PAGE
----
''Paris Is Burning,'' a prize-winning documentary by Jennie Livingston, visits the world of the drag queens, as New York knows them. Most of the participants belong to ''houses,'' loose associations of men who dress as women.
The names of the houses are taken from designers and media fads. The houses of Saint Laurent, Ninja and Chanel are some of them, and the houses compete with each other at a succession of balls, affairs that are divided into categories, among them, Town and Country, Executive Realness, Realness and Pretty Girl.
Realness may be the most distinctive category. Here, the boys play girls and many of them get away with it.
The film, which runs for 78 minutes, becomes repetitious after a bit, but there is both humor and pathos in the package. The ''ladies'' laugh at themselves, camp all over the place and do a kind of dance called ''vogueing,'' an exaggeration of the poses models assume on the runway.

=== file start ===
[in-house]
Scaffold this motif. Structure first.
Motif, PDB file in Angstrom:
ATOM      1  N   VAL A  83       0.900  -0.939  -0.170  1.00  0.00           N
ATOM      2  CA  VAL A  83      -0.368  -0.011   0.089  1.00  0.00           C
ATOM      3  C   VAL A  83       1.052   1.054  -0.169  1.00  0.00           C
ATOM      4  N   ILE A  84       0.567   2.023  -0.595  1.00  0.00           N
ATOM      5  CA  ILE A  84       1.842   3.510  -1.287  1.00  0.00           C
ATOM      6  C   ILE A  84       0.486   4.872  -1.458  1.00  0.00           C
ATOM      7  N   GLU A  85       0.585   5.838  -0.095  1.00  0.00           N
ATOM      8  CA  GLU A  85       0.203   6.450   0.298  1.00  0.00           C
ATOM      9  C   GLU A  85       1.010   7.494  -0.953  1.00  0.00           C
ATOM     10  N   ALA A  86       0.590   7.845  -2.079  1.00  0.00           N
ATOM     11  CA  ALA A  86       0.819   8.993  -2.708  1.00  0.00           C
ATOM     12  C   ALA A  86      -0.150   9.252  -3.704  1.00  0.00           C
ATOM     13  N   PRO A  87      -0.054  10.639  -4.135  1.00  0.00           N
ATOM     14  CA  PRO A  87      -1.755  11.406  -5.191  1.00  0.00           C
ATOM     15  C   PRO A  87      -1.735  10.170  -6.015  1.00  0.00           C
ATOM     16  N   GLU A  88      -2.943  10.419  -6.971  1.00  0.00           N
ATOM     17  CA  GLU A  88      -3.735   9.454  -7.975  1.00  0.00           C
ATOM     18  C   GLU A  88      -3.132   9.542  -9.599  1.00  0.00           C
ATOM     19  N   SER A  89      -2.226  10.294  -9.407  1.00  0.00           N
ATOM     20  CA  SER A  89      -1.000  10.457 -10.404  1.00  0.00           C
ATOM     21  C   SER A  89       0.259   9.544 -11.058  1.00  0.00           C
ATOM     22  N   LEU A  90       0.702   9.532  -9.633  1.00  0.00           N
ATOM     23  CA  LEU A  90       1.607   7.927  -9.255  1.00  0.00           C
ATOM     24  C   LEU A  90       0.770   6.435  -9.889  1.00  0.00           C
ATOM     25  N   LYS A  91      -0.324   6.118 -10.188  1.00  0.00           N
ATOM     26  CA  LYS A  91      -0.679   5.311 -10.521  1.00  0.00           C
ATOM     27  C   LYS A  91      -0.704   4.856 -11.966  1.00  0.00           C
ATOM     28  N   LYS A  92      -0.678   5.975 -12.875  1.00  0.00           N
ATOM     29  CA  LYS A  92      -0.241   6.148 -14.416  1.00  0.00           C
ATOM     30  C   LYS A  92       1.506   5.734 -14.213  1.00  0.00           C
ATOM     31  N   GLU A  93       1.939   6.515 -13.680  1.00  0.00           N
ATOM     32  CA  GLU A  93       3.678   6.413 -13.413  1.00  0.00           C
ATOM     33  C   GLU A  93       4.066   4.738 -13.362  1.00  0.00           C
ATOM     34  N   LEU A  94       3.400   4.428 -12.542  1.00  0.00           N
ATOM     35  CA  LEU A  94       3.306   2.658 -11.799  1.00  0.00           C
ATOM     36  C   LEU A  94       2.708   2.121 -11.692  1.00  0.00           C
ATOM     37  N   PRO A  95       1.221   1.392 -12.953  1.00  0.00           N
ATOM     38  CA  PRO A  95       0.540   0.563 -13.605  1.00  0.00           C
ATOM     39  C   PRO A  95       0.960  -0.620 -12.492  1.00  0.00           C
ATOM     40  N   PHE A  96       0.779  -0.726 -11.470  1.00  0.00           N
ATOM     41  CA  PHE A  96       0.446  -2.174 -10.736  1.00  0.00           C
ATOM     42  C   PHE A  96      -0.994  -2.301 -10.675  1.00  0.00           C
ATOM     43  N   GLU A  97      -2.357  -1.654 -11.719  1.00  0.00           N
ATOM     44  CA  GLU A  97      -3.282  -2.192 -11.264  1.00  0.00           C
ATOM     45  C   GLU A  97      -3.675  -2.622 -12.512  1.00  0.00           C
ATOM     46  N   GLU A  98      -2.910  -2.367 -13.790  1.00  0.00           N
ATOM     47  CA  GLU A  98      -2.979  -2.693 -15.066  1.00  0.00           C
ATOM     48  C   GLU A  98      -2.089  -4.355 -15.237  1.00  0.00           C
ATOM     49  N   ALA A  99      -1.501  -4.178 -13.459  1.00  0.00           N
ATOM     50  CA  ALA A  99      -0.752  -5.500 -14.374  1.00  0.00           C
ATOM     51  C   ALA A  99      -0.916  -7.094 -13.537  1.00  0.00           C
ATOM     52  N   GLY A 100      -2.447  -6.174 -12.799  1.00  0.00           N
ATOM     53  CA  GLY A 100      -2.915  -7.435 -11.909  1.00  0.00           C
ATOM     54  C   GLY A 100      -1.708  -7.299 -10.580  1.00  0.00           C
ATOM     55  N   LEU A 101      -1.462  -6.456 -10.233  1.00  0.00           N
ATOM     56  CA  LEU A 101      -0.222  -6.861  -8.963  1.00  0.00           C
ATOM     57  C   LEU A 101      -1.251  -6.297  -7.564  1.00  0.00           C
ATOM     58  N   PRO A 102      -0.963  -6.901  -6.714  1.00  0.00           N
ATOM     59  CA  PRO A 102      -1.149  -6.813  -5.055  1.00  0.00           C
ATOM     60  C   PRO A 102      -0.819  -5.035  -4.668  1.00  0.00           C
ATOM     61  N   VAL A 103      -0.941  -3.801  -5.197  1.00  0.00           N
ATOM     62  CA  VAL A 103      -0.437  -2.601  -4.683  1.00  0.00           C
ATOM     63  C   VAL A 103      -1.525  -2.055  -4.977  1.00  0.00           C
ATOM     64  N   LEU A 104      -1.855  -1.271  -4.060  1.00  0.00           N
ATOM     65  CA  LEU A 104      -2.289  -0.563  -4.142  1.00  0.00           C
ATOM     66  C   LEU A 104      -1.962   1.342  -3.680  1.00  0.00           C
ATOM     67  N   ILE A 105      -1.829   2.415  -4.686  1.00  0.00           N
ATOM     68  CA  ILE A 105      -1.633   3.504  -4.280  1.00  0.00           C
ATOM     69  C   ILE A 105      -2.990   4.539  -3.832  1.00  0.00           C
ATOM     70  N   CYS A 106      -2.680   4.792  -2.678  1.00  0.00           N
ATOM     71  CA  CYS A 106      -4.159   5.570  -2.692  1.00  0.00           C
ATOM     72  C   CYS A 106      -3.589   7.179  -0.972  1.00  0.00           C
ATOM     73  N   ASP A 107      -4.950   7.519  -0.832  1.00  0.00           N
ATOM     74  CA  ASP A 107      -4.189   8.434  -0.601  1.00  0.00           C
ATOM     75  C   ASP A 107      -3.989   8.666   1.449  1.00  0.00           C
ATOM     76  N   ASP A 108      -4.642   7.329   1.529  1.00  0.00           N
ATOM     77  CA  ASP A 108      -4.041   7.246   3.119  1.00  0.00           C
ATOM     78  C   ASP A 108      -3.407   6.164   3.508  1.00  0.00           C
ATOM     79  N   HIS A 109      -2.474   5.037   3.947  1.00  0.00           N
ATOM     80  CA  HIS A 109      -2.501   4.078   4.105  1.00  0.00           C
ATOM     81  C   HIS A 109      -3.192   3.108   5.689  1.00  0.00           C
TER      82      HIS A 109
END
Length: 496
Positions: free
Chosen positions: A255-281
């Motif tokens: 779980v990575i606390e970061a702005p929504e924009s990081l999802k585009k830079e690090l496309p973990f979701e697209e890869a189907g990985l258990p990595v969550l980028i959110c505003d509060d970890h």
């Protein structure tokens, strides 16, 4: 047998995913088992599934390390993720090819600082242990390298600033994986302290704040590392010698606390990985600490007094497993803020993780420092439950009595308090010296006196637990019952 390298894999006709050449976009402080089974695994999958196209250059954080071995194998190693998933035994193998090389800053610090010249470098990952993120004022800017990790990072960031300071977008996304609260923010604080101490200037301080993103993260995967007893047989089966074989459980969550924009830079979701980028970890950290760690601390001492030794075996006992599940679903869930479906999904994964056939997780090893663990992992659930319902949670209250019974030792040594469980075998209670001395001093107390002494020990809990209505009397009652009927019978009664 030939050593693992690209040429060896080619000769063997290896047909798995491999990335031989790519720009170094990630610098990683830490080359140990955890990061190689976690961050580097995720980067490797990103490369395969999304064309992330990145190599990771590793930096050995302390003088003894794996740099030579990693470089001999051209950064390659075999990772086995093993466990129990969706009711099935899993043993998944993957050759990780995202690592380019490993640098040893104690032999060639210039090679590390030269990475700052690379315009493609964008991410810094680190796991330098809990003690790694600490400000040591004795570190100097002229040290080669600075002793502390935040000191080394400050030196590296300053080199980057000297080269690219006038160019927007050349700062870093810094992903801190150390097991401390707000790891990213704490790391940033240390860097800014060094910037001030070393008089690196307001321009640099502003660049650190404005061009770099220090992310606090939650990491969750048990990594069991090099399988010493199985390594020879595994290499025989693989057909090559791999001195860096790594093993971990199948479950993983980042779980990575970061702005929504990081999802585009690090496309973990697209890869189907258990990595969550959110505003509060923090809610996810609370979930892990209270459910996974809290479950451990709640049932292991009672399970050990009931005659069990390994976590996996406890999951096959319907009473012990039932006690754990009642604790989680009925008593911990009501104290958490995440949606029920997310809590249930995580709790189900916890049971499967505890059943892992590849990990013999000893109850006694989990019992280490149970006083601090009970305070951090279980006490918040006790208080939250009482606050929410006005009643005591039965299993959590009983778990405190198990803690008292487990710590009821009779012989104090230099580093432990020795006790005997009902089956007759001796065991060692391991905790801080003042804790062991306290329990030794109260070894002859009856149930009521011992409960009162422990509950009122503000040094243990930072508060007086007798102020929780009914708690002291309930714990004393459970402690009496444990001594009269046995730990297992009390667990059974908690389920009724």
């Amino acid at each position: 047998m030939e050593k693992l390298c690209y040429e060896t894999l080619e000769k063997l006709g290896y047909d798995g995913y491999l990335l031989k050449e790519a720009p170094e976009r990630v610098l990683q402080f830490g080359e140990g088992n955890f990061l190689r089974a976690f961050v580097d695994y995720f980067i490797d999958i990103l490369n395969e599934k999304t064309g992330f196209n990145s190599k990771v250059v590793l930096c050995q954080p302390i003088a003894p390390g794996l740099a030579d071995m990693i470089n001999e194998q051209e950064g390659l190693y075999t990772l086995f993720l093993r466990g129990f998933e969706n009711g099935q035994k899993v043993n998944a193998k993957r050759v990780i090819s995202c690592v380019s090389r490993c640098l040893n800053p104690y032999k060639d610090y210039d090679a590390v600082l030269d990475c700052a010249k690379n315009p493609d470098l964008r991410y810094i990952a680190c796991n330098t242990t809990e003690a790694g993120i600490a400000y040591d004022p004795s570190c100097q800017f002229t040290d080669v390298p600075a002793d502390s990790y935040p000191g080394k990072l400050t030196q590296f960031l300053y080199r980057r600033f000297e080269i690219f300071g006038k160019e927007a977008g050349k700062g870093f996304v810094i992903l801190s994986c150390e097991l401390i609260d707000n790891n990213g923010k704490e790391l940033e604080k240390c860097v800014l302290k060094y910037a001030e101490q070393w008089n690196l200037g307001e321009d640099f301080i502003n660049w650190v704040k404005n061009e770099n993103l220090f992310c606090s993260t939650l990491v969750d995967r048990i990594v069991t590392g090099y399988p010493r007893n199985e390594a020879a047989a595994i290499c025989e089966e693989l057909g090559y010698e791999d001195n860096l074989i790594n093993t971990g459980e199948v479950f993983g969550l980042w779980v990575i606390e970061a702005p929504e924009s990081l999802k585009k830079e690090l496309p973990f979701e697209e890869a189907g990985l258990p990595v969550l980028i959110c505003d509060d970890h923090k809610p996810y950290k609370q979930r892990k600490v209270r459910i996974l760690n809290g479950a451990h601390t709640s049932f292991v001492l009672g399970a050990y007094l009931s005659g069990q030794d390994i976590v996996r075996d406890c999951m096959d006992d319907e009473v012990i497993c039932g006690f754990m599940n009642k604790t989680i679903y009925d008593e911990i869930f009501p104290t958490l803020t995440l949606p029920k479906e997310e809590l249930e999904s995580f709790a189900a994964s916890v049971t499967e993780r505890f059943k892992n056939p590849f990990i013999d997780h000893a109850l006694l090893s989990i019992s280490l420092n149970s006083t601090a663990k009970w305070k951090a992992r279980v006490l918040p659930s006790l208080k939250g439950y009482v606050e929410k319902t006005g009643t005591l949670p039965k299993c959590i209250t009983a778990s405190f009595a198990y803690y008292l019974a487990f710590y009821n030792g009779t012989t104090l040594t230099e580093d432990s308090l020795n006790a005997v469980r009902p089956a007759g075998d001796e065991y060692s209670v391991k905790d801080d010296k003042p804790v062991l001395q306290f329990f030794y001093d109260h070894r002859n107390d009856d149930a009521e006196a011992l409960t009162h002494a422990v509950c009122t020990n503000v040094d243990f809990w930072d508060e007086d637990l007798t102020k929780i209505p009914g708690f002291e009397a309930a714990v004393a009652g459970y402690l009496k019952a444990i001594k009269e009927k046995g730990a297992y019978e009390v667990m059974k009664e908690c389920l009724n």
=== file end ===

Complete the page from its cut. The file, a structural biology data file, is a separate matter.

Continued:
Some of the ''ladies'' speak of operations, others say they would never do such a thing, and some say they want recognition, more than anything in the world. One wants to have what many women want, a home in the suburbs and a husband.
The film is, by turn, sad and joyous. Some of the ''women'' know who they are, what they are and don't ask for pity. All they want is to live and let live.
The houses and balls began in Harlem, then moved downtown, and most of the participants are black. Some go on and on about their lives as drag queens. One, looking very womanly, details the operations that made her that way.
Perhaps the saddest participant is the young man-woman who would love to lead a normal life, eventually, but is never going to achieve that goal. ''Paris Is Burning'' opens today at the Charles. It will remain there though Sept. 11.
''Paris Is Burning''
** A visit with some of New York's drag queens.
CAST: Pepper Lebeija, Willi Ninja, Octavia Saint Laurent
DIRECTOR: Jennie Livingston
RATING: No rating (language, nudity)
RUNNING TIME: 78 minutes